These prints are created in at least three equally demanding phases. I. With enormous concentration and varying size Asian animal-hair brushes in both hands at once, the figure is brushed onto rice paper in calligraphic strokes in under 30 seconds with eyes on the live model, not the page. When I look down, I see a creature on the page whose life seems to have sprung from beyond me.
II. Perhaps one prime image out of sixty from such a painting session is chosen and scanned at high resolution. In the case of the siren prints, an additional series of fish prints was developed, then combined in photoshop, but original brushstrokes are not altered. This creative process results in many variations, twists and turns before a final image is tweaked to satisfaction, ever-mindful of color, space, and content. I find that meaning makes itself, although I encourage the image to go beyond its origins, seeing where it wants to go, being willing to destroy what I have created to find something bigger.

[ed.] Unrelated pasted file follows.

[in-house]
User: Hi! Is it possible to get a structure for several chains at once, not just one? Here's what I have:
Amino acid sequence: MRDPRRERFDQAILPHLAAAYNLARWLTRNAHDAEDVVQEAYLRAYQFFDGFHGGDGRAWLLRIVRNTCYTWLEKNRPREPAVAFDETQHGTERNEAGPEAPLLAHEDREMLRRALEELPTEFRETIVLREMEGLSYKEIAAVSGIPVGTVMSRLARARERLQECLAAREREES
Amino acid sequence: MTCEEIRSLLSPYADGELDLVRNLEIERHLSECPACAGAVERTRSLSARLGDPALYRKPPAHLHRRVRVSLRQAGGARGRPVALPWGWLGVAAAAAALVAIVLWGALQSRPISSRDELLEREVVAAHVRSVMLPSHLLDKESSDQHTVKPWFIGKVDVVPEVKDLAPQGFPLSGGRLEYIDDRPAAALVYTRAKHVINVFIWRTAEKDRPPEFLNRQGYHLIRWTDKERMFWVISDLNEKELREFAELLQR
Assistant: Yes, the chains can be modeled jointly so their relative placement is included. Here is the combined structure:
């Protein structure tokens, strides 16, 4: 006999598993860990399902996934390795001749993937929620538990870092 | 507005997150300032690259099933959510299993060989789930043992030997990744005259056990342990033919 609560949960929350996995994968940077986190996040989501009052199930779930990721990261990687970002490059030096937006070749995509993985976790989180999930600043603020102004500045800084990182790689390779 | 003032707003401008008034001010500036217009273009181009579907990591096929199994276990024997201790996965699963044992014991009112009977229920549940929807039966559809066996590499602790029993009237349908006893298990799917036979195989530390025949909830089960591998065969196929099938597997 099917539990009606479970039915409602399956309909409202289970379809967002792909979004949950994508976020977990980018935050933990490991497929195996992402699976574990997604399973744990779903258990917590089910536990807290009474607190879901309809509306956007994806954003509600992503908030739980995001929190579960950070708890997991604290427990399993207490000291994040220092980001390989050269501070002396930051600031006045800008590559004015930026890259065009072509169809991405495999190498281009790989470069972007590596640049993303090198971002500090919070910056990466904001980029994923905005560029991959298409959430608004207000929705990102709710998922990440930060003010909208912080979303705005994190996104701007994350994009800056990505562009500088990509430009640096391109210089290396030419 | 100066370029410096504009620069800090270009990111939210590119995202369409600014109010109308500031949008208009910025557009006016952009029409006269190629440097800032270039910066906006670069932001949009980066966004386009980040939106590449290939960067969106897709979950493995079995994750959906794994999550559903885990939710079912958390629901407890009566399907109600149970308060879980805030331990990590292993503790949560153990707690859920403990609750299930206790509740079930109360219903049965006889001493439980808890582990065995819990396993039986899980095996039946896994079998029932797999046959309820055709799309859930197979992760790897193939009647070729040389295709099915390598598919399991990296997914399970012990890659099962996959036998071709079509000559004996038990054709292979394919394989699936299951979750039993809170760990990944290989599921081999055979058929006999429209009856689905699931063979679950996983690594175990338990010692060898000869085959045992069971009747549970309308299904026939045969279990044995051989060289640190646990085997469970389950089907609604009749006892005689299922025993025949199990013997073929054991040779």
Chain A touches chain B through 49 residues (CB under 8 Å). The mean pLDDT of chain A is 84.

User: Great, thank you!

III. A proof is printed and paper suitability and printed colors are evaluated and reconsidered. As many as ten proofs are sometimes run to find just the right paper to bring life to the inks for this image in particular, and just the right pallette (sometimes difficult to regulate between monitor color and printed color). Occassionally, there are happy accidents, more often, there is tedious detail work.
AN AWKWARD COMPARISON
This physical world has no two things alike.
Every comparison is awkwardly rough.
You can put a lion next to a man,
but the placing is hazardous to both.
Say the body is like a lamp.
It has to have a wick and oil. Sleep and food.
If it doesn't get those, it will die,
and it's always burning those up, trying to die.
But where is the sun in this comparison?
It rises, and the lamp's light
mixes with the day.
which is the reality, cannot be understood
with lamp and sun images. The blurring
of a plural into a unity is wrong.
No image can describe
what of our fathers and mothers,
our grandfathers and grandmothers, remains.
Language does not touch the one
who lives in each of us. -Rumi (translated by Coleman Barks)